The infamous broadcast of the Pistols ended the career of the host Bill Grundy
The Sex Pistols unleash “the filth and the fury” on BBC’s Today show on this day in 1976
On December 1st 1976, only a few days after two TV appearances, the Sex Pistols unexpectedly returned to the British TV, and it was all because of Freddie Mercury, well, indirectly, to be precise, one of his dodgy teeth was to blame, and because of that Queen had to cancel their appearance at the ITV’s “Today” show with Bill Grundy.The Sex Pistols, who were still under contract with EMI, the same label as Queen, were asked to replace them, and made one of the most outrageous British TV appearances that contributed partially for EMI to drop their contract. The ill-advised meeting of a belligerent TV host and a startlingly young band became a potty-mouthed confrontation broadcast live on teatime TV across the South East. When Steve Jones responded to Bill Grundy’s dare that he say “something outrageous” with the words “What a fucking rotter”, he fundamentally altered British broadcasting and took punk into the mainstream. What followed was something never before seen on British TV to the point where Grundy was even called “You dirty fucker” by Steve Jones (after Grundy replied to Siouxsie Sioux who said she “always wanted to meet him” that they could meet after the show) Although he refers in his introduction to the band being “more drunk than I am”, Grundy doesn’t seem under the influence either. In the aftermath of the program, Grundy, who in articles for Punch had developed a self-styled image as a Dean Martin-style drunk, protested to The Guardian that he was “stone-cold sober. You cannot do a job like I do without being sober.” A memo from studio producer Mike Housego (who was in charge of the programme as it went out live) to Today’s overall boss Tom Steel reveals that after the show ended the group were led back down to the Green Room. While the Pistols were there, the memo reveals, harassed workers on the program were receiving so many calls of complaint from viewers that they couldn’t answer them all. The 12-line telephone system automatically diverted any unanswered calls to the Green Room. The file indicates that a producer on the program, named as Martin Lucas, ignored instructions to remain in the room with the Pistols, and left them and their posse – which included Sue Catwoman and some of the Bromley contingent, one of whom was Siouxsie Sioux – alone with the ringing phones. The result? The group started answering the phones and dishing out even more abuse. In many ways the careers of Grundy and the Pistols never recovered from the confrontation. Grundy was disciplined by Thames head Jeremy Isaacs (who would later become the head of Channel 4). The beleaguered boss’s internal memo scolding staff said the conduct of the interview fell far below his usual standards’. The Today show was cancelled two months later, and Bill Grundy never worked in prime-time television again. He died of a heart attack in 1993 at the age of 69. In his acclaimed punk tome “England’s Dreaming”, Jon Savage says that the impact of the Today appearance had “a totally disastrous effect on the group: from then until their demise in January 1978, they added only four new songs to their repertoire and their approach to their audience and their music remained the same. They were flies in the amber of notoriety.” EMI dropped them, gigs were cancelled, Glen Matlock left and Sid Vicious joined. The day after the Today show was aired, every tabloid had the Sex Pistols on the front page, the most famous being perhaps The Daily Mirror with the headline “The Filth and The Fury”.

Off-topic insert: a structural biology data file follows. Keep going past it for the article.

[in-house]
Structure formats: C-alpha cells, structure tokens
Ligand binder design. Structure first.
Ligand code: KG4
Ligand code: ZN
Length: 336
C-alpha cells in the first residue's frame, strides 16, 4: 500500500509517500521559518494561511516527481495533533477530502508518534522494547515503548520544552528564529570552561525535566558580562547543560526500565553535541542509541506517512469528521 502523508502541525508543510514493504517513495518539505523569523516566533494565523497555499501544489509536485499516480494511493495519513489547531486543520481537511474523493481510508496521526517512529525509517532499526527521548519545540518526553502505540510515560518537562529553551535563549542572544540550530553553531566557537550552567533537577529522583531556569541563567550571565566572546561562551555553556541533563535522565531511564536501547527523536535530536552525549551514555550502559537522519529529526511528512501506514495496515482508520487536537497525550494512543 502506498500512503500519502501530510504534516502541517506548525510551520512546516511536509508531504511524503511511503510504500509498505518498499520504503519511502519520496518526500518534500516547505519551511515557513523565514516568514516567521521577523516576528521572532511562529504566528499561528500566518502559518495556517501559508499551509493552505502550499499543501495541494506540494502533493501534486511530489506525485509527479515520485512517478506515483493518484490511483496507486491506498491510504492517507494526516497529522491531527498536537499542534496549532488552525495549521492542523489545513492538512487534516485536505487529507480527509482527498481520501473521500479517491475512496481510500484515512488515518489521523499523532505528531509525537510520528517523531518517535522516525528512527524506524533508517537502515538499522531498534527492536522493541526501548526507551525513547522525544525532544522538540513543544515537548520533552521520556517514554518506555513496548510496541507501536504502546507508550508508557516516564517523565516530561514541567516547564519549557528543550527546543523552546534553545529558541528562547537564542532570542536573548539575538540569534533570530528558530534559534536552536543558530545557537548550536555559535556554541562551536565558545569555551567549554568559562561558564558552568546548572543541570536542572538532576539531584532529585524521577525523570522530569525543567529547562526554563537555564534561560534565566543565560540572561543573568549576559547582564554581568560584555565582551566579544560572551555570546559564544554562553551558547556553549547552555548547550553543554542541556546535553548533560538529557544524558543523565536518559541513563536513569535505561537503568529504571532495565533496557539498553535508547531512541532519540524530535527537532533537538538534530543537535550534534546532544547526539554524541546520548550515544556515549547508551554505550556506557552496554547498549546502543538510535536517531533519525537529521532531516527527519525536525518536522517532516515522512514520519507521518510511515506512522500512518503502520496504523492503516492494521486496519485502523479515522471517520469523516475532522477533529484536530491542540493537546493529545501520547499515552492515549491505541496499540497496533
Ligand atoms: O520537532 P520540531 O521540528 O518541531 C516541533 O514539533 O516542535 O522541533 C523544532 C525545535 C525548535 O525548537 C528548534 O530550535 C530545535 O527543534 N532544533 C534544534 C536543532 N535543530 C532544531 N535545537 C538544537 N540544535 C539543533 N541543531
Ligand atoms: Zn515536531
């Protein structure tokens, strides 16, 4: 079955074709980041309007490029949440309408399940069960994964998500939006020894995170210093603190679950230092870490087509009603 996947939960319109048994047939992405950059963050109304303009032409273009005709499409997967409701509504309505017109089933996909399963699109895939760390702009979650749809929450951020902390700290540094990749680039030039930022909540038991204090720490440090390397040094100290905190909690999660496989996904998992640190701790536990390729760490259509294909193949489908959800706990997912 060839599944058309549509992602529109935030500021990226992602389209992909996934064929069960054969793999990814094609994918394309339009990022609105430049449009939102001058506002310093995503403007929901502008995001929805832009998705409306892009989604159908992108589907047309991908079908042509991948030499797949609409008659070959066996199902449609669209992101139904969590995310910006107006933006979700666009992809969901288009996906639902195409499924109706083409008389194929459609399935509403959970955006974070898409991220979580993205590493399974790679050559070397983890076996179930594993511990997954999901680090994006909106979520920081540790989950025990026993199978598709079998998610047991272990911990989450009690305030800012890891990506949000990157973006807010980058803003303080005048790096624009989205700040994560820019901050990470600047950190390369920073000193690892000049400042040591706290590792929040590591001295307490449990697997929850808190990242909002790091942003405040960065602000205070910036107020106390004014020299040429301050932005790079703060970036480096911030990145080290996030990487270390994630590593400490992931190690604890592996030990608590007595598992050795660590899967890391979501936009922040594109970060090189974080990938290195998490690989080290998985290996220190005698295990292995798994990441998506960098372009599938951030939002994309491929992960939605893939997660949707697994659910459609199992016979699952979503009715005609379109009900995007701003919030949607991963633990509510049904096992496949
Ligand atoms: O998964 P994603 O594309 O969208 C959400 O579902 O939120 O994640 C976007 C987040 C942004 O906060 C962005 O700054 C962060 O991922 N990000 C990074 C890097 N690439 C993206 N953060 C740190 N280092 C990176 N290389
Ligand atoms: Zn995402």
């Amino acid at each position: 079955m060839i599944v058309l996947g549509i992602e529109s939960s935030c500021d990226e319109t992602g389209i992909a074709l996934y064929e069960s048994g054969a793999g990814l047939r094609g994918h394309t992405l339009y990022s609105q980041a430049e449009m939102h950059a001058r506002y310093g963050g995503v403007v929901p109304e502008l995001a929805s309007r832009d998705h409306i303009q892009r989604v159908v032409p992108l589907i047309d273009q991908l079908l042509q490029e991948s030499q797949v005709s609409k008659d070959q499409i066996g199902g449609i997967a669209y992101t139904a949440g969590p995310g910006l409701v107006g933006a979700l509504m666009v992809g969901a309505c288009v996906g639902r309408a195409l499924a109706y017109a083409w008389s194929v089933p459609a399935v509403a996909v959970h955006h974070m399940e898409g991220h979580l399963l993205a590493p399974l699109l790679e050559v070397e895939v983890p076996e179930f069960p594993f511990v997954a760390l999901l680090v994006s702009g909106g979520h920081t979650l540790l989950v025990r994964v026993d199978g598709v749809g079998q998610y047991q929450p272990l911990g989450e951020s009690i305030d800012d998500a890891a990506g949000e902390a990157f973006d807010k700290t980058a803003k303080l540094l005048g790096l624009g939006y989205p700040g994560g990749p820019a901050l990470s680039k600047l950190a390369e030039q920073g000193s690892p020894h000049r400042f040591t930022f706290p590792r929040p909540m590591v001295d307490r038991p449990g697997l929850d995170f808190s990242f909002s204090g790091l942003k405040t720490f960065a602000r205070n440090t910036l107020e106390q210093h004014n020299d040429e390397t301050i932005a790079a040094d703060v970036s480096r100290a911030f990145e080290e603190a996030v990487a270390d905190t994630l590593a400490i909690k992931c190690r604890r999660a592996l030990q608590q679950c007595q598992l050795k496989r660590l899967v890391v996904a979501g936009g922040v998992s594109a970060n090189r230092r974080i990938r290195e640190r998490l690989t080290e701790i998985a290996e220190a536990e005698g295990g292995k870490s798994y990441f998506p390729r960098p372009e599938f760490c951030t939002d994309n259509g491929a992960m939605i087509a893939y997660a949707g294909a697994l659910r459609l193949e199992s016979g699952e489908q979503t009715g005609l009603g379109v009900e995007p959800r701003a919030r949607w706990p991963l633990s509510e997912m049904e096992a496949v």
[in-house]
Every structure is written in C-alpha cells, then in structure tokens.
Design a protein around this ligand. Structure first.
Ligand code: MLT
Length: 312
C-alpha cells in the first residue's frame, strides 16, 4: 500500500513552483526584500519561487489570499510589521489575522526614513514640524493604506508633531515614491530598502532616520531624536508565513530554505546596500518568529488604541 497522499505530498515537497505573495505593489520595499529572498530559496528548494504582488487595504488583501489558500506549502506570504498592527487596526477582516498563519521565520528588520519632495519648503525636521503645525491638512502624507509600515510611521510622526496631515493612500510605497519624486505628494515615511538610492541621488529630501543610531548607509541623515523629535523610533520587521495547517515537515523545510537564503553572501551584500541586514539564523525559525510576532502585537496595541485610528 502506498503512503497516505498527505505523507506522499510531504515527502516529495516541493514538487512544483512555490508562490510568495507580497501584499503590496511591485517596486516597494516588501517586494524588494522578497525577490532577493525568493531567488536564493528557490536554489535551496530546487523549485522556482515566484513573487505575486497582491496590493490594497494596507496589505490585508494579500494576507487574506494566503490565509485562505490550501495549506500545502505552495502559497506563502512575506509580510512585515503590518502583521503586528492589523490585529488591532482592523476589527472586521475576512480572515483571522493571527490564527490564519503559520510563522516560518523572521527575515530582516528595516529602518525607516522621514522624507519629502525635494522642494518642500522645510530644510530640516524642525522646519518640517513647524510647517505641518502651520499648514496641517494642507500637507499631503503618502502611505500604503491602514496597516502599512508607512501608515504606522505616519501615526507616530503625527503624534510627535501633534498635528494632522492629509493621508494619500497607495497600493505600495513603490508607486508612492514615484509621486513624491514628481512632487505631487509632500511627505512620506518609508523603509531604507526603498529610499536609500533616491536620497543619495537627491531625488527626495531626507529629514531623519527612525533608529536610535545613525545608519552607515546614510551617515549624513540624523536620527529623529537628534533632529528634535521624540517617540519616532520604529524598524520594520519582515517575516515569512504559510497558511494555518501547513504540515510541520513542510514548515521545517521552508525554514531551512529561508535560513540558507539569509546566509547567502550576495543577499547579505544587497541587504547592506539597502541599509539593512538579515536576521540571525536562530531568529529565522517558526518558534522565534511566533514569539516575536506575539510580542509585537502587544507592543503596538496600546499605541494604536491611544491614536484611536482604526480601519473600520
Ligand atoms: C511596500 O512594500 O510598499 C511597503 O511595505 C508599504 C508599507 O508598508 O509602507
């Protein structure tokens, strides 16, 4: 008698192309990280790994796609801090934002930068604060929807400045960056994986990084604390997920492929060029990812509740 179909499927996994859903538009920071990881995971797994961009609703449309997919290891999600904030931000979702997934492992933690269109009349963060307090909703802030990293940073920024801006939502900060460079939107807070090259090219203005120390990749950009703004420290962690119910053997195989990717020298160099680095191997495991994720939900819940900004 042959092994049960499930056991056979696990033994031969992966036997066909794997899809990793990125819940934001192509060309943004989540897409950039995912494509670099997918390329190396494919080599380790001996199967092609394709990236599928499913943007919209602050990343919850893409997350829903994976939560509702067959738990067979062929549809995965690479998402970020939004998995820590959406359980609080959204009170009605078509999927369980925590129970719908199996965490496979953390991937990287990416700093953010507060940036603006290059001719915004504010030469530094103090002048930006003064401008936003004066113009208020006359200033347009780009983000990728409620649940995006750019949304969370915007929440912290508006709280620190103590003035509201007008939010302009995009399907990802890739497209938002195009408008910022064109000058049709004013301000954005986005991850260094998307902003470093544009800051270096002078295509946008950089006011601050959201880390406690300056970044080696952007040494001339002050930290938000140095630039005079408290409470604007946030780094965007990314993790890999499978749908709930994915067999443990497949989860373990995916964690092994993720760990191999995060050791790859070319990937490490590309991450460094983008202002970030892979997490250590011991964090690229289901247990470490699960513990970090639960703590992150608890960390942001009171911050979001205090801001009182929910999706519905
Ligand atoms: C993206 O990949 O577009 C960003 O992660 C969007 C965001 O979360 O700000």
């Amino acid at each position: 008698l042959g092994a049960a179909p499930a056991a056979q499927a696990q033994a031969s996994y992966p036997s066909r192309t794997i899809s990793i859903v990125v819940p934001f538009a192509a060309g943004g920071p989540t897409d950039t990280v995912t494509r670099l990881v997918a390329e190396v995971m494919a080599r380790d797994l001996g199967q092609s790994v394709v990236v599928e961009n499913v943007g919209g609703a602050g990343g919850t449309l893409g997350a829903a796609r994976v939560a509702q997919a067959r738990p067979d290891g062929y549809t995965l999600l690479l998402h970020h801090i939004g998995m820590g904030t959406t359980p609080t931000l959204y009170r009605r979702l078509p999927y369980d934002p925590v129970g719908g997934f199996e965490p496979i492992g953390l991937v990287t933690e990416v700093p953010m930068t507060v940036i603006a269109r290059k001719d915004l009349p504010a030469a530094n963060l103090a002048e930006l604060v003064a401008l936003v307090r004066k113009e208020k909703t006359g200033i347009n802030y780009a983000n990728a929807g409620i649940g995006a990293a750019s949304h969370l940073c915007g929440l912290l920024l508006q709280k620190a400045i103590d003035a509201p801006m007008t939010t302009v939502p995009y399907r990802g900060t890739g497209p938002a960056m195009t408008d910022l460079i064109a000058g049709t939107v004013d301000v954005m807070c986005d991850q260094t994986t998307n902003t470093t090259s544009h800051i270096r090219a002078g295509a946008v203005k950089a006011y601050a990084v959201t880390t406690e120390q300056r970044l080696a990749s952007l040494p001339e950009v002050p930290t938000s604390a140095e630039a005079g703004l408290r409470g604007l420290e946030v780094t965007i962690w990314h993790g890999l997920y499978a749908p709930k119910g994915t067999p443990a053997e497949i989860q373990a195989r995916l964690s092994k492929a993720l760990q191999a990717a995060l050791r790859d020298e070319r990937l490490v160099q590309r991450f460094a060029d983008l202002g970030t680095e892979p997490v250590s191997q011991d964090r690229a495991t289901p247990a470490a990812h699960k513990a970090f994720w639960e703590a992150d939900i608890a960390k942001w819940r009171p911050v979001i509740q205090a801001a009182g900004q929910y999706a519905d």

Watch the full appearance of the Sex Pistols at the Today show on December 1st, 1976
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